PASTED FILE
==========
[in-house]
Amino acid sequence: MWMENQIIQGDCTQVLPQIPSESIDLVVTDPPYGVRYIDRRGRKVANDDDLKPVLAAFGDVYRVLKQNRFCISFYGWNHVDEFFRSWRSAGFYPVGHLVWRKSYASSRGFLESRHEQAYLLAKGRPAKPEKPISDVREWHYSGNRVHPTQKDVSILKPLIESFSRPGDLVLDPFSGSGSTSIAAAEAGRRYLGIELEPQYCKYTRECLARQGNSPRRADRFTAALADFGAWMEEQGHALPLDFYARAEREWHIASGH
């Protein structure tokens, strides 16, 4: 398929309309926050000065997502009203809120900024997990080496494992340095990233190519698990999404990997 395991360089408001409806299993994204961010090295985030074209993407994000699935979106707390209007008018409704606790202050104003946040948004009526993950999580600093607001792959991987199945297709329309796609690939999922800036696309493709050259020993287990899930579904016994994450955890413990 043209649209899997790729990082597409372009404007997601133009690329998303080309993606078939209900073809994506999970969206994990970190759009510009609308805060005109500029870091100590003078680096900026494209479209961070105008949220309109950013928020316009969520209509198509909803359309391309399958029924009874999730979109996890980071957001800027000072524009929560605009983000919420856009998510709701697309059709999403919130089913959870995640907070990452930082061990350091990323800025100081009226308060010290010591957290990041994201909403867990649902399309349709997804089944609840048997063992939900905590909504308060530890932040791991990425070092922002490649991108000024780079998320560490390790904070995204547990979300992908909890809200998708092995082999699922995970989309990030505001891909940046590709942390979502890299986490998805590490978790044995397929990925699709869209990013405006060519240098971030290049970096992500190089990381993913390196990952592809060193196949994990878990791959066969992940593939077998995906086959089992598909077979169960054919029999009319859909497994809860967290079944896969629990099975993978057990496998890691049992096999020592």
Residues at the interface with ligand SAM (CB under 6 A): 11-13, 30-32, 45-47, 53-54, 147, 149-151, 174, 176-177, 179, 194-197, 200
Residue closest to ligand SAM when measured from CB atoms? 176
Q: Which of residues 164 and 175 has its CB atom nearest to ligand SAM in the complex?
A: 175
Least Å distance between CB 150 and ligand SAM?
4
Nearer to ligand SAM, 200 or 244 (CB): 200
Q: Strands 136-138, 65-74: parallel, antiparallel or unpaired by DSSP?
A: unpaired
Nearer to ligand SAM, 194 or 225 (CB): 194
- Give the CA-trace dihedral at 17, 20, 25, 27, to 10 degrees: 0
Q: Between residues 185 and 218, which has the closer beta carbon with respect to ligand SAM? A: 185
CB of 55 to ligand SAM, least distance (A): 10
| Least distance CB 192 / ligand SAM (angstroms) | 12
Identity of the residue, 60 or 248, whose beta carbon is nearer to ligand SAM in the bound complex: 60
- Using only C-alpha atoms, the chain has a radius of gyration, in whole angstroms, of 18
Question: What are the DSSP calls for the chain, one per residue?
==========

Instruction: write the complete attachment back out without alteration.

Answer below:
[in-house]
Amino acid sequence: MWMENQIIQGDCTQVLPQIPSESIDLVVTDPPYGVRYIDRRGRKVANDDDLKPVLAAFGDVYRVLKQNRFCISFYGWNHVDEFFRSWRSAGFYPVGHLVWRKSYASSRGFLESRHEQAYLLAKGRPAKPEKPISDVREWHYSGNRVHPTQKDVSILKPLIESFSRPGDLVLDPFSGSGSTSIAAAEAGRRYLGIELEPQYCKYTRECLARQGNSPRRADRFTAALADFGAWMEEQGHALPLDFYARAEREWHIASGH
């Protein structure tokens, strides 16, 4: 398929309309926050000065997502009203809120900024997990080496494992340095990233190519698990999404990997 395991360089408001409806299993994204961010090295985030074209993407994000699935979106707390209007008018409704606790202050104003946040948004009526993950999580600093607001792959991987199945297709329309796609690939999922800036696309493709050259020993287990899930579904016994994450955890413990 043209649209899997790729990082597409372009404007997601133009690329998303080309993606078939209900073809994506999970969206994990970190759009510009609308805060005109500029870091100590003078680096900026494209479209961070105008949220309109950013928020316009969520209509198509909803359309391309399958029924009874999730979109996890980071957001800027000072524009929560605009983000919420856009998510709701697309059709999403919130089913959870995640907070990452930082061990350091990323800025100081009226308060010290010591957290990041994201909403867990649902399309349709997804089944609840048997063992939900905590909504308060530890932040791991990425070092922002490649991108000024780079998320560490390790904070995204547990979300992908909890809200998708092995082999699922995970989309990030505001891909940046590709942390979502890299986490998805590490978790044995397929990925699709869209990013405006060519240098971030290049970096992500190089990381993913390196990952592809060193196949994990878990791959066969992940593939077998995906086959089992598909077979169960054919029999009319859909497994809860967290079944896969629990099975993978057990496998890691049992096999020592």
Residues at the interface with ligand SAM (CB under 6 A): 11-13, 30-32, 45-47, 53-54, 147, 149-151, 174, 176-177, 179, 194-197, 200
Residue closest to ligand SAM when measured from CB atoms? 176
Q: Which of residues 164 and 175 has its CB atom nearest to ligand SAM in the complex?
A: 175
Least Å distance between CB 150 and ligand SAM?
4
Nearer to ligand SAM, 200 or 244 (CB): 200
Q: Strands 136-138, 65-74: parallel, antiparallel or unpaired by DSSP?
A: unpaired
Nearer to ligand SAM, 194 or 225 (CB): 194
- Give the CA-trace dihedral at 17, 20, 25, 27, to 10 degrees: 0
Q: Between residues 185 and 218, which has the closer beta carbon with respect to ligand SAM? A: 185
CB of 55 to ligand SAM, least distance (A): 10
| Least distance CB 192 / ligand SAM (angstroms) | 12
Identity of the residue, 60 or 248, whose beta carbon is nearer to ligand SAM in the bound complex: 60
- Using only C-alpha atoms, the chain has a radius of gyration, in whole angstroms, of 18
Question: What are the DSSP calls for the chain, one per residue?